Glasgow coma scale score was 3 (eye opening, 1; best verbal response, 1; best motor response, 1), the pupils were 3 mm on both sides, and light reflex was rather dull, accompanied by involuntary movements of the whole body. Body temperature was 37.6 °C, blood pressure was 57/40 mmHg, heart rate was 114 beats/min, and peripheral oxygen saturation was maintained at 95% under mask administration of oxygen at 10 L/min. The tongue was very dry, and turgor of the skin was low. No abnormalities were observed in other physical findings except for the presence of moist rales at the end of inspiration in bilateral lower lung fields. Drugs being administered were limaprost alfadex at 5 mg/day, furosemide at 10 mg/day, and paroxetine at 5 mg/day.

Results of blood and biochemical examinations and blood gas analysis are shown in Table 1. Negative results were obtained for anti-glutamic acid decarboxylase antibodies (< 5.0 U/mL) (Table 1). Computed tomography of the chest showed infiltrative shadows in both lower lung fields (image not shown). This patient with hyperglycemia, dehydration, malnutrition, and potential thrombus formation during long-term bed rest was suspected to have developed into HHS and ketosis due to progression of hyperglycemia and dehydration caused by pneumonia. Furthermore, ketoacidosis had developed from ketosis and prerenal renal failure associated with circulating hypovolemia shock, which was also associated with disseminated intravascular coagulation (DIC).

Table 1 Laboratory findings on admission

Treatment was started with intravenous infusion of fast-acting insulin (Humalin R; Eli Lilly, Kobe, Japan) (starting at 4 units/h and gradually decreasing) and low-sodium replacement fluid [23]. In the first 24 h, 6000 mL of replacement fluid (95.8 g of glucose, 0.3% Na) was added, and 2000 mL of replacement fluid (20.8 g of glucose, 0.2% Na) was administered within the period of 24–48 h. At 48–72 h, 1000 mL of replacement solution (75 g of glucose, 0.1% Na) was administered, and combined use of tube feeding was started (Fig. 1). Correction of K was performed appropriately. Although BG was ≥ 1000 mg/dL at 8 h after starting treatment, Na improved to 149.5 mmol/L (glucose-corrected Na level: 164.4 mmol/L). After 24 h, although BG, Na and sOsm had decreased to 716 mg/dL, 154.0 mmol/L and 402.3 mOsm/kg H2O, respectively, glucose-corrected Na level remained almost unchanged (164.2 mmol/L). At 48 h later, BG had improved to 110 mg/dL, Na to 154 mmol/L, and sOsm to 370.0 mOsm/kg H2O. However, glucose-corrected Na level (166.0 mmol/L) was not showing improvement. At 72 h later, BG had improved to 283 mg/dL, Na to 150 mmol/L (glucose-corrected Na level: 152.5 mmol/L), and sOsm to 345.5 mOsm/kg H2O (Table 2). In addition, ceftriaxone sodium hydrate at 1 g/day, heparin sodium at 8000 units/day, thrombomodulin α at 6400 units/day, total human serum albumin at 62.5 g, and dopamine hydrochloride at 3 μg/kg were administered. General condition, including vital signs, infection/inflammatory findings, and DIC improved promptly (Fig. 1). After 72 h, the patient opened her eyes. However, because the state of no response to the stimulus and involuntary movements continued for 7 days, ODS was suspected and magnetic resonance imaging (MRI) of the brain was performed. No clear abnormalities were evident on diffusion-weighted imaging (DWI) (Fig. 2a), and no definitive diagnosis was reached. The patient was subsequently able to move in response to instructions, but we could not exclude the possibility of pseudobulbar paralysis associated with ODS, as she could barely speak and showed no improvement of dysphagia. A high-intensity signal in the pons was identified on DWI of the brain at 30 days after starting treatment (Fig. 2b), leading to definitive diagnosis of CPM. After the life-threatening state was averted and general condition improved, she was transferred to a long-term care facility. As of about 1 year after onset, we obtained information that the patient had recovered to the point that she could speak spontaneously and responded to conversation in a manner reflective of a good condition.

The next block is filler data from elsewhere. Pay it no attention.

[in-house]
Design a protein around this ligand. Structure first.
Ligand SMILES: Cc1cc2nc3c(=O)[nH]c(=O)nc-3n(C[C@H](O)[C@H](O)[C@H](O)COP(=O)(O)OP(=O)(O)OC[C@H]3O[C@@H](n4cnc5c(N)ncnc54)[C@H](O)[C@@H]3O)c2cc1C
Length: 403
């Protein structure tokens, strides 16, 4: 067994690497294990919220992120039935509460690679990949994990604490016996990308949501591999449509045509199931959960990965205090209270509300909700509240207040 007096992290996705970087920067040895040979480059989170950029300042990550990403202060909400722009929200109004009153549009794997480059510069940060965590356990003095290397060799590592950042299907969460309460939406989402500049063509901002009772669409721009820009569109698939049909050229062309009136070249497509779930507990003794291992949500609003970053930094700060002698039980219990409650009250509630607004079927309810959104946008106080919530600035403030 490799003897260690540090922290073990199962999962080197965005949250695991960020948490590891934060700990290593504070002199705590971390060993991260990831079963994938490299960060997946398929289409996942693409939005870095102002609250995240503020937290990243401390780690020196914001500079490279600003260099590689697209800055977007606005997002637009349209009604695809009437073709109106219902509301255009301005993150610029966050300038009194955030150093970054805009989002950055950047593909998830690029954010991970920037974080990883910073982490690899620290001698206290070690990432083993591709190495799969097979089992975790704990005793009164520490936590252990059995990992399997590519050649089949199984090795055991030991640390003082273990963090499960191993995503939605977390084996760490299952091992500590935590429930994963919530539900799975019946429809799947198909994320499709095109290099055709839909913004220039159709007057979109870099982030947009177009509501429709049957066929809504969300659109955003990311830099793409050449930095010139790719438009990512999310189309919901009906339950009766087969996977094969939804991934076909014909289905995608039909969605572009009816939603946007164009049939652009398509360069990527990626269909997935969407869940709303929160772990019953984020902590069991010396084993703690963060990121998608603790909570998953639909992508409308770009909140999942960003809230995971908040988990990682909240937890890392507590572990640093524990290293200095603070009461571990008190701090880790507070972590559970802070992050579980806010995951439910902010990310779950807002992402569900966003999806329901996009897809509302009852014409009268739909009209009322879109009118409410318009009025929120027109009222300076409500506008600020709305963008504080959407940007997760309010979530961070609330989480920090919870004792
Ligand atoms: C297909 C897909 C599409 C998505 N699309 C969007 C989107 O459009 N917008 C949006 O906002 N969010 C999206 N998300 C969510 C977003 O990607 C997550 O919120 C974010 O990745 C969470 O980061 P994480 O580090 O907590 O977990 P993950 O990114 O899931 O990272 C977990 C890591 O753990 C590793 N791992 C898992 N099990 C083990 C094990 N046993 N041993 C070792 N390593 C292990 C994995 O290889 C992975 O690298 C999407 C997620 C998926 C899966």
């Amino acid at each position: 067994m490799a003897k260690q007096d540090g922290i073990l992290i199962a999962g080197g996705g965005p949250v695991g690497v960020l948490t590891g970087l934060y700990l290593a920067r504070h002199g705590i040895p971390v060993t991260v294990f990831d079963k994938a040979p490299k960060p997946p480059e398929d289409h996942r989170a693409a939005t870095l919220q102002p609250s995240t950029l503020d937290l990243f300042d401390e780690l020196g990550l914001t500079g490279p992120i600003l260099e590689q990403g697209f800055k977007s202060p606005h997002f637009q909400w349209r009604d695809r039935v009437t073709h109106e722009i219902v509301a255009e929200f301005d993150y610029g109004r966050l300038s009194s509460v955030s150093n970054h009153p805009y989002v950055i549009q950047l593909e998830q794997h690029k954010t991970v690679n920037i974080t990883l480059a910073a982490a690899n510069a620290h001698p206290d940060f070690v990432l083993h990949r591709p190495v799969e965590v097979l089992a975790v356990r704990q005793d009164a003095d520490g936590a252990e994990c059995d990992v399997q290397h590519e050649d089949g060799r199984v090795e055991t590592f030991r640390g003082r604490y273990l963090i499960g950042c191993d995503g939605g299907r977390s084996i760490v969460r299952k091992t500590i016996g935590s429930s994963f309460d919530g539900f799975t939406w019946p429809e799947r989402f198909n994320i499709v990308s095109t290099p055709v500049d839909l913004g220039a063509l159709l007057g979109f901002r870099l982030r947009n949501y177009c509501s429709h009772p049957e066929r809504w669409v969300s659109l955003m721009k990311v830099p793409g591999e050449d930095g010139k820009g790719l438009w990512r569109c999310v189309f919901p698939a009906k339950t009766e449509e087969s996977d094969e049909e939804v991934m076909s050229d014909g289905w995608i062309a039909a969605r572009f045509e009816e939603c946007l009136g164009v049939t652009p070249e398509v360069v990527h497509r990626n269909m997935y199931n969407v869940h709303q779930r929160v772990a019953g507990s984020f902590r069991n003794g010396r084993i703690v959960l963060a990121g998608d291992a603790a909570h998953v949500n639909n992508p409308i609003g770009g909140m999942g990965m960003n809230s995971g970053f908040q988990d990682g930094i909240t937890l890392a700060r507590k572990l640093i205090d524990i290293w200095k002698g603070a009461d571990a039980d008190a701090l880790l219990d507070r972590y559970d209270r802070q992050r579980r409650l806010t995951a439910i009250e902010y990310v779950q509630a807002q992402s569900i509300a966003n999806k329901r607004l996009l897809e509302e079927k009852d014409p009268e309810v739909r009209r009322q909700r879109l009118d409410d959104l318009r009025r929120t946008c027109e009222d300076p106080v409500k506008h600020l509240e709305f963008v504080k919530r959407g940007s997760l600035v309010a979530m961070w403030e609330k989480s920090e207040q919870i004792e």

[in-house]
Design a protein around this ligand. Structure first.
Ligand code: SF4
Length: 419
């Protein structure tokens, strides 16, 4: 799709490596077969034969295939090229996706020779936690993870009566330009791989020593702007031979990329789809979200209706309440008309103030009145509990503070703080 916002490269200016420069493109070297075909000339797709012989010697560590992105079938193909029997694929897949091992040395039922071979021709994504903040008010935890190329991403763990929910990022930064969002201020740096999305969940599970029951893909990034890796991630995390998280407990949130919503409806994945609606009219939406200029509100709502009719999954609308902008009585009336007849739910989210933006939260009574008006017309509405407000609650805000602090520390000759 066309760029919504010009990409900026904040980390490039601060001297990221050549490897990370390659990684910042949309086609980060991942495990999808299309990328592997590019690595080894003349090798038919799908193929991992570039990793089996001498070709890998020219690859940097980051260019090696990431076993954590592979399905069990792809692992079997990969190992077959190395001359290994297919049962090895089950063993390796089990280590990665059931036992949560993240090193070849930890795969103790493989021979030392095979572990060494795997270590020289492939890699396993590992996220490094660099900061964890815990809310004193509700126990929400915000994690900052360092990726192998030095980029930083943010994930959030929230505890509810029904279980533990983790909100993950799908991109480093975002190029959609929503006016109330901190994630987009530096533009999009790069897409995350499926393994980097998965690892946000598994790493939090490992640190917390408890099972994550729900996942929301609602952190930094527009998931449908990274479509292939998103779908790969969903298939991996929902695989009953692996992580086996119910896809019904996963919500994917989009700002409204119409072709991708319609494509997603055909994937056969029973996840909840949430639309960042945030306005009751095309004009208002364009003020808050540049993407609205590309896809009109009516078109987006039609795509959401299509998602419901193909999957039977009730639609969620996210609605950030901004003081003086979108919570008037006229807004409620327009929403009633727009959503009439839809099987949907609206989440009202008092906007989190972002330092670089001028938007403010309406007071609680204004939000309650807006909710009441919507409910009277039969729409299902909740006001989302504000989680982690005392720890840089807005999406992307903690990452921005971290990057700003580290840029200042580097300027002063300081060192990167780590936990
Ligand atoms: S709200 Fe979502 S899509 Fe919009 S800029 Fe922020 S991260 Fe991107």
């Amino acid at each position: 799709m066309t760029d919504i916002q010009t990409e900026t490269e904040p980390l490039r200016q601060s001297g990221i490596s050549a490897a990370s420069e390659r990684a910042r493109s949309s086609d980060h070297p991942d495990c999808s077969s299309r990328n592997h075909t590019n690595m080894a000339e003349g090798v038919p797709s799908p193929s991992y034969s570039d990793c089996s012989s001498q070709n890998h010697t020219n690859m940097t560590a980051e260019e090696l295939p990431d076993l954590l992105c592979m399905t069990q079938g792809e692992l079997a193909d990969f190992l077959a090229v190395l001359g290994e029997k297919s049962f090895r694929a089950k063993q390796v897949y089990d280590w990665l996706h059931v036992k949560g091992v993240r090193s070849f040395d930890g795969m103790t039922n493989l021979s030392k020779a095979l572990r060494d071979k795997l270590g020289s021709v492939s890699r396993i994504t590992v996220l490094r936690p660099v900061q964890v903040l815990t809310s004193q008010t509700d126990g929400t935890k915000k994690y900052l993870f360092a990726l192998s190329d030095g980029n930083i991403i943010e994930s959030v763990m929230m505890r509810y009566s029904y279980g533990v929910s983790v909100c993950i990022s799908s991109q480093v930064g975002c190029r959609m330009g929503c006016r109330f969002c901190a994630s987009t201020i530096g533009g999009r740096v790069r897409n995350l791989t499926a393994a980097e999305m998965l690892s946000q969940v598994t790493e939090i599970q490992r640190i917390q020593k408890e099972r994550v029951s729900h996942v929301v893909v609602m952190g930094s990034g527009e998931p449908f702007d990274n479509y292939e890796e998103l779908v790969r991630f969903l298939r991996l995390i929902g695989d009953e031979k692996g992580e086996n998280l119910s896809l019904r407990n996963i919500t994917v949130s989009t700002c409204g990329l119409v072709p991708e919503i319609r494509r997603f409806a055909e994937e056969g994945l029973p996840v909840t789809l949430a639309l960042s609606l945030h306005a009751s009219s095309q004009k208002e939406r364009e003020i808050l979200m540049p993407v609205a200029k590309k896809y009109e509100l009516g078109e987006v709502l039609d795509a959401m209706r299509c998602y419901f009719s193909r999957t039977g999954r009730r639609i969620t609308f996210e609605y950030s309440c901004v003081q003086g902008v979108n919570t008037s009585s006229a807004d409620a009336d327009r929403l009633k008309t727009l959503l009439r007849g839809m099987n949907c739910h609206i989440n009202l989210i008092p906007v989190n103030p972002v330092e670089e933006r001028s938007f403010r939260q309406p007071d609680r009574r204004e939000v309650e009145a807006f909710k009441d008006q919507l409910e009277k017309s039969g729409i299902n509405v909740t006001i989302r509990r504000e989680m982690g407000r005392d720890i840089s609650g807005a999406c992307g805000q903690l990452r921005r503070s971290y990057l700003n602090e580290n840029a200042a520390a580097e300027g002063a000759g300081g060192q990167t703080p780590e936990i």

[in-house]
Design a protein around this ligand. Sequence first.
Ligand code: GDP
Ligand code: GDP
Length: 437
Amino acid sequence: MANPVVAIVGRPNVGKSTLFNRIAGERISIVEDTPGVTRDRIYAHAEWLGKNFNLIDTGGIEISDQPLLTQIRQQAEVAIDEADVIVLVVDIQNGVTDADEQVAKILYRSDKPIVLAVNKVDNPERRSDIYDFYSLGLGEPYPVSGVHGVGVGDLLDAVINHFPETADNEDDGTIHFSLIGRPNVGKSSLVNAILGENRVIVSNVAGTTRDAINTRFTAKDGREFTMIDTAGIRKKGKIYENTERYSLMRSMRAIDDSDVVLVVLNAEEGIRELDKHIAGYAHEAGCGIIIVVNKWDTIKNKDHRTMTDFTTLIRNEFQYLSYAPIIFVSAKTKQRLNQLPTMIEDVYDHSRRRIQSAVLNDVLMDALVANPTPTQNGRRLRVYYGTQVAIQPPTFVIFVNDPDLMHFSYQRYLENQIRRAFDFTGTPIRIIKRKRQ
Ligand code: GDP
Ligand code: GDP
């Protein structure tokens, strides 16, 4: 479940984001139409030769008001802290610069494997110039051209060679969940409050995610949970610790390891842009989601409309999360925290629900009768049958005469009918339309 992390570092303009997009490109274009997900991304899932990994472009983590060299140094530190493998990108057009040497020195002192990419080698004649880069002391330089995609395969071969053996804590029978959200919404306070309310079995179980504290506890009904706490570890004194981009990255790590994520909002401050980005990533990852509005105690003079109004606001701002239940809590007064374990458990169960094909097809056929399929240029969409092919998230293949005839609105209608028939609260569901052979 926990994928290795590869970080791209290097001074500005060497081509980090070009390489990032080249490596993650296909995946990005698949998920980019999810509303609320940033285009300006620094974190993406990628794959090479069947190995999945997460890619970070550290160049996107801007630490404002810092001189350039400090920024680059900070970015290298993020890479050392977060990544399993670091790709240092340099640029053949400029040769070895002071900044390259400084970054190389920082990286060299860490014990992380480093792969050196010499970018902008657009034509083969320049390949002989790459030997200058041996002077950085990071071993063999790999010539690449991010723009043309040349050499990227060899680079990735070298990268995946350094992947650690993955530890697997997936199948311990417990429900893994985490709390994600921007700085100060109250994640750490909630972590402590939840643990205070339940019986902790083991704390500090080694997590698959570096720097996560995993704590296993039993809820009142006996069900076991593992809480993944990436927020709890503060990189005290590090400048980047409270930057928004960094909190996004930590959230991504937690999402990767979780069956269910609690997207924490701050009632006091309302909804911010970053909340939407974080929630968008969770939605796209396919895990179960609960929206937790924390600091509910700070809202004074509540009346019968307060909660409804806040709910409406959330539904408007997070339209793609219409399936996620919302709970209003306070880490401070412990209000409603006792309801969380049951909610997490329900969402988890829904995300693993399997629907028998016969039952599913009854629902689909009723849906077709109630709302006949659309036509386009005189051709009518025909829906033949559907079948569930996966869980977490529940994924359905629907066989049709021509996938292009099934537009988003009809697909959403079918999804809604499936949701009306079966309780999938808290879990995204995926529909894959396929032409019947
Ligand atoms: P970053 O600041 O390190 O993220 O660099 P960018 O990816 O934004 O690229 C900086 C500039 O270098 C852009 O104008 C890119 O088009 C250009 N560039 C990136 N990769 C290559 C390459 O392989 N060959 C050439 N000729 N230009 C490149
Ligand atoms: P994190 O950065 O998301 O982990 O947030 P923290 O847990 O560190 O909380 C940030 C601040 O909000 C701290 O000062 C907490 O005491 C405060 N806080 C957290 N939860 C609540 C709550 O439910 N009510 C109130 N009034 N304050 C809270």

Fig. 1

Clinical course. The clinical course up to 60 h after admission. Closed circles and solid lines show changes in blood glucose levels, and closed triangles and dotted lines show changes in serum sodium. Down arrow indicates infusion of 6400 units of thrombomodulin α. Closed and open arrowheads indicate infusions of 1 g of ceftriaxone sodium hydrate and 12.5 g of human serum albumin, respectively. Closed bar and numbers in brackets indicate serum osmolality. The line graph at the bottom shows insulin usage. Numbers in parentheses indicate, from left to right, the number of insulin units used just before breakfast, just before lunch, and just before dinner. G, glucose content; Na, sodium concentration; W, amount of water; Lis, insulin lispro; Gla, biosimilar insulin glargine

Table 2 Changes in glucose, serum sodium, glucose-corrected serum sodium and serum osmotic pressure due to acute treatment
Fig. 2

Diffusion-weighted imaging of the brain. a Image 72 h after admission. b Image 30 days after admission. Arrowheads indicate high-intensity regions in the pons

Discussion and Conclusions